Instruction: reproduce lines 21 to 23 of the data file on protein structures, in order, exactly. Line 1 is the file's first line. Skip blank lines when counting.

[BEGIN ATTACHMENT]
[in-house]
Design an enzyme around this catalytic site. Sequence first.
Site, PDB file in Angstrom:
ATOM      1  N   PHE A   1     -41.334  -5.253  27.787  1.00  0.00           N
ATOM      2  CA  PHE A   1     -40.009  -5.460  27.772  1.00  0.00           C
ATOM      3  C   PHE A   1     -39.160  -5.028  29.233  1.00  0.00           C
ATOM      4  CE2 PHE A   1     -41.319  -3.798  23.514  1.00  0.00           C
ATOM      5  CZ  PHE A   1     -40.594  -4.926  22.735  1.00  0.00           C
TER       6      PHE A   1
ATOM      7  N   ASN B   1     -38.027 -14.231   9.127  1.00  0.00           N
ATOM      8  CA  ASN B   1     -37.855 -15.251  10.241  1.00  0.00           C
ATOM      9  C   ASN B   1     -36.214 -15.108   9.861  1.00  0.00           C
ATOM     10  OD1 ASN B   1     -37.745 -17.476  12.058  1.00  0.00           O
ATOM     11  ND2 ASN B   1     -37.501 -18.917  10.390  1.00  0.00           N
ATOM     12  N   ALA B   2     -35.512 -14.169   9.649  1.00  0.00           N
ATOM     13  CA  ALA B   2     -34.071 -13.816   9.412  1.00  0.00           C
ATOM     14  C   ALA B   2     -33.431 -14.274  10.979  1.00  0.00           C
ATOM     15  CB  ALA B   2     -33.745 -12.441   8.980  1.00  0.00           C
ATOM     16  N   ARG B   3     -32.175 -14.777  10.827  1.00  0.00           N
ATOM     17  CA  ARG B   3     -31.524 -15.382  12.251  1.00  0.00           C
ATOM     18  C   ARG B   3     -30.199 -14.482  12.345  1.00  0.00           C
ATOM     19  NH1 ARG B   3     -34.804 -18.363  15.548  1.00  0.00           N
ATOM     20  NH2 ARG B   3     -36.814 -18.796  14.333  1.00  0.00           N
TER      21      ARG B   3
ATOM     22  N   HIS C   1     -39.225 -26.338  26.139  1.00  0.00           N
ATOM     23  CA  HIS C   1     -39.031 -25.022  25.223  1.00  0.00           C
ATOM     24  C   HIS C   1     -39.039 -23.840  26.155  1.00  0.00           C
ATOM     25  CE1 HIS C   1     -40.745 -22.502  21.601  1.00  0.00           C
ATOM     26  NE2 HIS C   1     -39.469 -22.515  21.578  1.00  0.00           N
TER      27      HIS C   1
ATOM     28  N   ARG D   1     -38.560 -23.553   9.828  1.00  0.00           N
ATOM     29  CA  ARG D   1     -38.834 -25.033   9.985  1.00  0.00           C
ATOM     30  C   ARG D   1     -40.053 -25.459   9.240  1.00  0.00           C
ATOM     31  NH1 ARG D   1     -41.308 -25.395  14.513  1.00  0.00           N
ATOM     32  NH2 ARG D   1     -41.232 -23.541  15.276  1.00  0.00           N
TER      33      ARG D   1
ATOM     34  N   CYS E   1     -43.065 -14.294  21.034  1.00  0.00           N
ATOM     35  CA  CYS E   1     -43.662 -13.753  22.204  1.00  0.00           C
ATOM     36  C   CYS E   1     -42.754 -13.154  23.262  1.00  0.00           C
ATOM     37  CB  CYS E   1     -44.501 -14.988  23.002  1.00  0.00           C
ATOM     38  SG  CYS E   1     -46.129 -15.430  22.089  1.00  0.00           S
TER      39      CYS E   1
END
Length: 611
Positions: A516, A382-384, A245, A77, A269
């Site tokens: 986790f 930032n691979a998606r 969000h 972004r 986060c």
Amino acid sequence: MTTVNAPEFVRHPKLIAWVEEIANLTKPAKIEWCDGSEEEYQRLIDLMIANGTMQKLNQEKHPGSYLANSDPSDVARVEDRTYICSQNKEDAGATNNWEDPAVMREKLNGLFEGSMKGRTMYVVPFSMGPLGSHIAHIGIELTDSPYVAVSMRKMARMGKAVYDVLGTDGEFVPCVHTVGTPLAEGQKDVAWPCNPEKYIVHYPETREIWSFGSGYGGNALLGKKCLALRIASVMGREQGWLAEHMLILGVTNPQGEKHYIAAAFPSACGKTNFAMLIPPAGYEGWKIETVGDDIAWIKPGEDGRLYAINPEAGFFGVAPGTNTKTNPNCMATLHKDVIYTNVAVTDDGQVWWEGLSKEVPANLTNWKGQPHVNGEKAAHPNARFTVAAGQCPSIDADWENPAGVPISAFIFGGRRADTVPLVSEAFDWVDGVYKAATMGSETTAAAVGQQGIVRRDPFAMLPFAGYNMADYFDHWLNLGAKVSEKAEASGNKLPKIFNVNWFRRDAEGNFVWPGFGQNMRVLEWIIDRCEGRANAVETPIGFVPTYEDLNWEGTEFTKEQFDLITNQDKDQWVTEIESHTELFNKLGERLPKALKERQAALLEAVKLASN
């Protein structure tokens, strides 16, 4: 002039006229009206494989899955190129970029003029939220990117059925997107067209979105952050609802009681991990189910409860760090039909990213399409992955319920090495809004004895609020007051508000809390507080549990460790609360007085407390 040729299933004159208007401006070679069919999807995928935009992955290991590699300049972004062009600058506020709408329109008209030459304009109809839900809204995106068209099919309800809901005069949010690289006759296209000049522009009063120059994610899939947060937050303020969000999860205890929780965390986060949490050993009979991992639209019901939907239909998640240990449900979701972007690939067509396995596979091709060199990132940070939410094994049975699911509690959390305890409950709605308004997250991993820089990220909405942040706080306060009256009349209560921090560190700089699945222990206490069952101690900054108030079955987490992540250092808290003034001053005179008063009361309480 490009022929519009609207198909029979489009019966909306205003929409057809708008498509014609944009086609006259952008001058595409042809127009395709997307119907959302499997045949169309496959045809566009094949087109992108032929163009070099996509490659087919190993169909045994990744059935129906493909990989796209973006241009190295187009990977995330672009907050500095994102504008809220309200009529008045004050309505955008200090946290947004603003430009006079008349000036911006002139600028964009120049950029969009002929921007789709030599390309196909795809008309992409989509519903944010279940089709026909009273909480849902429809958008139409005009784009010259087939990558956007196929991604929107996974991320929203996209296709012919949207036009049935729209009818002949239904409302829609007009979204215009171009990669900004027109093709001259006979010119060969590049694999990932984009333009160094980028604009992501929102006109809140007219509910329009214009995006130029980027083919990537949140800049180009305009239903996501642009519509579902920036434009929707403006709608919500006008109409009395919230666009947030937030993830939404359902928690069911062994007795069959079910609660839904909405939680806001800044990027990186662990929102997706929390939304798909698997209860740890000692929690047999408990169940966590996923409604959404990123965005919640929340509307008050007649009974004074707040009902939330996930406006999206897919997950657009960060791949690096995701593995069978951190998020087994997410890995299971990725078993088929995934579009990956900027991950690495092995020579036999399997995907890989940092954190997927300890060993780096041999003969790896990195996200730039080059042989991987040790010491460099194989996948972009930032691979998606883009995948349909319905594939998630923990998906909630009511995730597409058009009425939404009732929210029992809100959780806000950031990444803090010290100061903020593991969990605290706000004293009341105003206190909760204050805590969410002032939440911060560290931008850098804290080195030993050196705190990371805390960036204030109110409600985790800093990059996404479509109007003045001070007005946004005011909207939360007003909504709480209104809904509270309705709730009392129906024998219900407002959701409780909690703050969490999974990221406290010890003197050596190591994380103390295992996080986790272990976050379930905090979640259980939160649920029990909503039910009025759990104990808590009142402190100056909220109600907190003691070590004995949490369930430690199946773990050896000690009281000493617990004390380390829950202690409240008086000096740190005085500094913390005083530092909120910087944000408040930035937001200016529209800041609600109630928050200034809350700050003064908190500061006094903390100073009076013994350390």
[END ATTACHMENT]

ATOM     18  C   ARG B   3     -30.199 -14.482  12.345  1.00  0.00           C
ATOM     19  NH1 ARG B   3     -34.804 -18.363  15.548  1.00  0.00           N
ATOM     20  NH2 ARG B   3     -36.814 -18.796  14.333  1.00  0.00           N